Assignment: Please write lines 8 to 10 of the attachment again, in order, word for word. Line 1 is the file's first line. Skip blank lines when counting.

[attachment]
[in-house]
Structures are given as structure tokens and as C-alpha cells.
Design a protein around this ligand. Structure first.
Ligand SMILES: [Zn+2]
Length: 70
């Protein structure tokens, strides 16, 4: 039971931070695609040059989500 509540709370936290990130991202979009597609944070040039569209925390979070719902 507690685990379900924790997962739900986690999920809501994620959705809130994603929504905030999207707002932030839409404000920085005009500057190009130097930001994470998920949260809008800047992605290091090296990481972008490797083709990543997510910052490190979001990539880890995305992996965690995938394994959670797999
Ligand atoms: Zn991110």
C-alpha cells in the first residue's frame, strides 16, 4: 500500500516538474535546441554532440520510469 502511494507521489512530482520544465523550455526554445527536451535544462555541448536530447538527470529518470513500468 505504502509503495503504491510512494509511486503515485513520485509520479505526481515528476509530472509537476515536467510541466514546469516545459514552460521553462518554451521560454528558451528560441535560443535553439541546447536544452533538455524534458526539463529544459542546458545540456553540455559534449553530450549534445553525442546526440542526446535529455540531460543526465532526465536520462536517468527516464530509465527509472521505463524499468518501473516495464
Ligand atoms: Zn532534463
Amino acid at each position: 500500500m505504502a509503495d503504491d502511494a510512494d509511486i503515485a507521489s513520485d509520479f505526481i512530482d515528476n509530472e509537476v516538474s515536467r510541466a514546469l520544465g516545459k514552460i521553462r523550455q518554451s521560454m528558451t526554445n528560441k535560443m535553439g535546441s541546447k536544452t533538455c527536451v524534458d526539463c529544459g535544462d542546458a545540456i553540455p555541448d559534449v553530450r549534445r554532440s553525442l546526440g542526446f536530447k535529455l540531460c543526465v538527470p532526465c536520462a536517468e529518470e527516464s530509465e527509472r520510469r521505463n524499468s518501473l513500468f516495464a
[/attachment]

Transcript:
C-alpha cells in the first residue's frame, strides 16, 4: 500500500516538474535546441554532440520510469 502511494507521489512530482520544465523550455526554445527536451535544462555541448536530447538527470529518470513500468 505504502509503495503504491510512494509511486503515485513520485509520479505526481515528476509530472509537476515536467510541466514546469516545459514552460521553462518554451521560454528558451528560441535560443535553439541546447536544452533538455524534458526539463529544459542546458545540456553540455559534449553530450549534445553525442546526440542526446535529455540531460543526465532526465536520462536517468527516464530509465527509472521505463524499468518501473516495464
Ligand atoms: Zn532534463
Amino acid at each position: 500500500m505504502a509503495d503504491d502511494a510512494d509511486i503515485a507521489s513520485d509520479f505526481i512530482d515528476n509530472e509537476v516538474s515536467r510541466a514546469l520544465g516545459k514552460i521553462r523550455q518554451s521560454m528558451t526554445n528560441k535560443m535553439g535546441s541546447k536544452t533538455c527536451v524534458d526539463c529544459g535544462d542546458a545540456i553540455p555541448d559534449v553530450r549534445r554532440s553525442l546526440g542526446f536530447k535529455l540531460c543526465v538527470p532526465c536520462a536517468e529518470e527516464s530509465e527509472r520510469r521505463n524499468s518501473l513500468f516495464a